New York Times Current History; The European War, Vol 2, No. 3, June, 1915 eBook

This eBook from the Gutenberg Project consists of approximately 369 pages of information about New York Times Current History; The European War, Vol 2, No. 3, June, 1915.

April 27—­Reports from the Straits Settlements state that serious disorders are taking place in various parts of India, the effect beginning to be felt of the Turko-German alliance and of the German propaganda; riots have occurred at Cawnpore and in the Central Provinces; a mutiny by native troops has taken place at Rangoon; it is reported from India that the Ameer of Afghanistan has been assassinated.

ITALY.

April 1—­There is economic distress in Italy due to eight months of war; budget of the Government, which for years has show a surplus, shows a deficit of $13,800,000 since Aug. 1.

April 5—­Many Italian troops are being assembled on the Austrian frontier; great excitement prevails in Genoa in consequence of a report that a German submarine has sunk the Italian steamer Luigi Parodi, and strong measures are taken by the authorities to protect the German colony.

April 6—­Owner of the Luigi Parodi declares the steamer has not been lost.

April 7—­The fleet concentrates at Augusta, Sicily, and at Taranto, within a few hours of the Adriatic.

April 11—­Demonstrations at Rome in favor of Italian intervention in the war cause riots and collisions with the police.

April 12—­An order is printed in the Military Journal directing all army officers to dull the metal on their uniforms and sword scabbards; it is reported that the Pope is ready to espouse the Italian cause if the nation enters the war.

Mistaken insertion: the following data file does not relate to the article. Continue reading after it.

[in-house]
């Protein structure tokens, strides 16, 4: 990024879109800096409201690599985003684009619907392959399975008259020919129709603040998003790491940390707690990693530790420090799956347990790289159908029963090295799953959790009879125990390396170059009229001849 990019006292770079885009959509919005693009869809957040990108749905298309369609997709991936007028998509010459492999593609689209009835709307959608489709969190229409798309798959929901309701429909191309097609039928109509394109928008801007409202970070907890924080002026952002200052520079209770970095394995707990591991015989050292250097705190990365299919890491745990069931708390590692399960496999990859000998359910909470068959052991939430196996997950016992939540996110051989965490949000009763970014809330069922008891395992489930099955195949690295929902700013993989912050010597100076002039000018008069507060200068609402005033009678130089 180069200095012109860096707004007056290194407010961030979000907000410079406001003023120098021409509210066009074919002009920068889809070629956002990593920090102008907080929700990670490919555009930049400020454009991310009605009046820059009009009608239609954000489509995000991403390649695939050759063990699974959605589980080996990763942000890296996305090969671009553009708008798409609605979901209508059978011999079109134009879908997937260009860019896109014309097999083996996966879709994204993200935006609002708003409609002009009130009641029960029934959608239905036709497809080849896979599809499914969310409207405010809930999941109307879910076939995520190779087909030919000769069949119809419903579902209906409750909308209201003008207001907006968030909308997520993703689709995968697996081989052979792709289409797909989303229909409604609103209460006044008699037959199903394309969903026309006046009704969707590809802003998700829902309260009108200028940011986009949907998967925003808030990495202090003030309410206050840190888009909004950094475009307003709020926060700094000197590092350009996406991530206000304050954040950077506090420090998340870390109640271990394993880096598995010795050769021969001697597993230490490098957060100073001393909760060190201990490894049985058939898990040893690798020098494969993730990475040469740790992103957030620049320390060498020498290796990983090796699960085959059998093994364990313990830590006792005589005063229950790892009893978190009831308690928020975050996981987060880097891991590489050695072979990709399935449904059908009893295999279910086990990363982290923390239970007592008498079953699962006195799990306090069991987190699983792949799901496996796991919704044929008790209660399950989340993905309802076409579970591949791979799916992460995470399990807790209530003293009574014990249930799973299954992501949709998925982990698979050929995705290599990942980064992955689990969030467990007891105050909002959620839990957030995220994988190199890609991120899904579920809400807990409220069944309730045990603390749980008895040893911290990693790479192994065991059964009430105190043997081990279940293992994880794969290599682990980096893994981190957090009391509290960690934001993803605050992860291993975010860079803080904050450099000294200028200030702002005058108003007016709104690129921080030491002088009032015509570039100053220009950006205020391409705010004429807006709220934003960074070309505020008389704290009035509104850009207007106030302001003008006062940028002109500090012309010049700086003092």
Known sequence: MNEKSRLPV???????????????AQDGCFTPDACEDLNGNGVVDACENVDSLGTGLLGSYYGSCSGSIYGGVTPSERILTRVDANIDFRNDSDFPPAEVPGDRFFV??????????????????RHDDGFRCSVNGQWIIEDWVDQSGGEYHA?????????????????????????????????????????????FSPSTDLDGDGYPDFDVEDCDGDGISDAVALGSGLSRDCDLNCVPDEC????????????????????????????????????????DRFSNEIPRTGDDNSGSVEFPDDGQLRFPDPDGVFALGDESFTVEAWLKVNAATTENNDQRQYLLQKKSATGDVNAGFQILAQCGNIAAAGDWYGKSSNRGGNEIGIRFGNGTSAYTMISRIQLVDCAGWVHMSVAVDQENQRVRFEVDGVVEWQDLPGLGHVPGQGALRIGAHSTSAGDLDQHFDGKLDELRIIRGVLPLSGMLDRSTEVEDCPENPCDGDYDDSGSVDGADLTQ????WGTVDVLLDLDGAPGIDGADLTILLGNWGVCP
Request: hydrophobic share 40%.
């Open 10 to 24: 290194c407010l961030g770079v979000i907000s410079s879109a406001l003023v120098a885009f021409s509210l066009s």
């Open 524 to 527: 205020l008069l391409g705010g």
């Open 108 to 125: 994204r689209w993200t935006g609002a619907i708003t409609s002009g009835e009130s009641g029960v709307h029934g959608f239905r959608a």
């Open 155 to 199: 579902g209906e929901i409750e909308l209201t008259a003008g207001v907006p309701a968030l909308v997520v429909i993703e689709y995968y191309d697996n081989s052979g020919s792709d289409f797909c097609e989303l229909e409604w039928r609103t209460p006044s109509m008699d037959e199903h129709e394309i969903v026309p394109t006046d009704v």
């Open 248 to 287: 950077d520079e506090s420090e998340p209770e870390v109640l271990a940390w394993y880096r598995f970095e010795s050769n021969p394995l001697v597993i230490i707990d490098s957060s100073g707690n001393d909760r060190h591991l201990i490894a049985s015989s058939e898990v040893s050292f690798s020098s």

April 14—­Indignation is expressed at the Papal Court over an alleged interview with Pope Benedict recently printed in the United States, Germany, and other countries, some of the statements attributed to the Pope being characterized as false; particular exception is taken to a statement, credited to the Pope, urging President Wilson to stop exportation of munitions of war to the Allies; many telegraphic protests on the interview have reached the Vatican from Roman Catholic clergy and laity in the United States, Britain, and France.

April 16—­Italy now has 1,200,000 first-line soldiers under arms.

April 20—­Reports from Rome state that Austria is rapidly gathering troops on the Italian border; Austrians have fortified the whole line of the Isonzo River with intrenchments; it is stated that the German and Austrian Ambassadors are secretly preparing for departure; Papal Guards are enlisting in the regular army.

April 21—­Sailings of liners from Italy to the United States have been canceled; Council of Ministers is held, a report on the international situation being made by the Foreign Minister.

April 24—­It is stated in high official circles that it is becoming increasingly improbable that Italy will participate in the war, at least for some time to come; the Austrian Ambassador and the Italian Foreign Minister have a long conference; it is reported from Rome that Austria has made further concessions in an attempt to preserve Italian neutrality; nevertheless further military preparations are being made by Italy; the exodus of German families from Italy continues; French military experts estimate the full military strength of Italy at 2,000,000 men, of whom 800,000 form the active field army.

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New York Times Current History; The European War, Vol 2, No. 3, June, 1915 from Project Gutenberg. Public domain.
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